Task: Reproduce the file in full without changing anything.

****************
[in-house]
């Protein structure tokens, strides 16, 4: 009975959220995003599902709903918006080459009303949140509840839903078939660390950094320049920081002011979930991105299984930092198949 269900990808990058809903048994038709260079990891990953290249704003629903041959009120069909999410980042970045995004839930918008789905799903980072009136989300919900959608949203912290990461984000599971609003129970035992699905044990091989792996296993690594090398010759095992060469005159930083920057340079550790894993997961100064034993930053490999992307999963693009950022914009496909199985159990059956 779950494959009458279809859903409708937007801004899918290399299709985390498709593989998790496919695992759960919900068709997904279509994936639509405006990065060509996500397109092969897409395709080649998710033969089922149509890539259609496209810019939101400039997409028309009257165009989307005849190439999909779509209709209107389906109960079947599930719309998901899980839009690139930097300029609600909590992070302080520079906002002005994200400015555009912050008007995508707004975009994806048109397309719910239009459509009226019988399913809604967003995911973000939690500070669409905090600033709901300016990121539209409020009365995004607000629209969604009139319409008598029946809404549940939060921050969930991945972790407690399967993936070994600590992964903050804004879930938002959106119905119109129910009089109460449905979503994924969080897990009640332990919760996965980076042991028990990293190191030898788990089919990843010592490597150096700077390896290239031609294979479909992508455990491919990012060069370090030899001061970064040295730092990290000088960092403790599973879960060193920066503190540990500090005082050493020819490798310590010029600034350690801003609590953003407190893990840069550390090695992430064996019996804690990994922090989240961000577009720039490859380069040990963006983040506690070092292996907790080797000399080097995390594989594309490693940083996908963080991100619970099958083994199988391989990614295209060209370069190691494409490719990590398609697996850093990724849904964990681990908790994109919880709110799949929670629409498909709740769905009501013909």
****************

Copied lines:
[in-house]
């Protein structure tokens, strides 16, 4: 009975959220995003599902709903918006080459009303949140509840839903078939660390950094320049920081002011979930991105299984930092198949 269900990808990058809903048994038709260079990891990953290249704003629903041959009120069909999410980042970045995004839930918008789905799903980072009136989300919900959608949203912290990461984000599971609003129970035992699905044990091989792996296993690594090398010759095992060469005159930083920057340079550790894993997961100064034993930053490999992307999963693009950022914009496909199985159990059956 779950494959009458279809859903409708937007801004899918290399299709985390498709593989998790496919695992759960919900068709997904279509994936639509405006990065060509996500397109092969897409395709080649998710033969089922149509890539259609496209810019939101400039997409028309009257165009989307005849190439999909779509209709209107389906109960079947599930719309998901899980839009690139930097300029609600909590992070302080520079906002002005994200400015555009912050008007995508707004975009994806048109397309719910239009459509009226019988399913809604967003995911973000939690500070669409905090600033709901300016990121539209409020009365995004607000629209969604009139319409008598029946809404549940939060921050969930991945972790407690399967993936070994600590992964903050804004879930938002959106119905119109129910009089109460449905979503994924969080897990009640332990919760996965980076042991028990990293190191030898788990089919990843010592490597150096700077390896290239031609294979479909992508455990491919990012060069370090030899001061970064040295730092990290000088960092403790599973879960060193920066503190540990500090005082050493020819490798310590010029600034350690801003609590953003407190893990840069550390090695992430064996019996804690990994922090989240961000577009720039490859380069040990963006983040506690070092292996907790080797000399080097995390594989594309490693940083996908963080991100619970099958083994199988391989990614295209060209370069190691494409490719990590398609697996850093990724849904964990681990908790994109919880709110799949929670629409498909709740769905009501013909």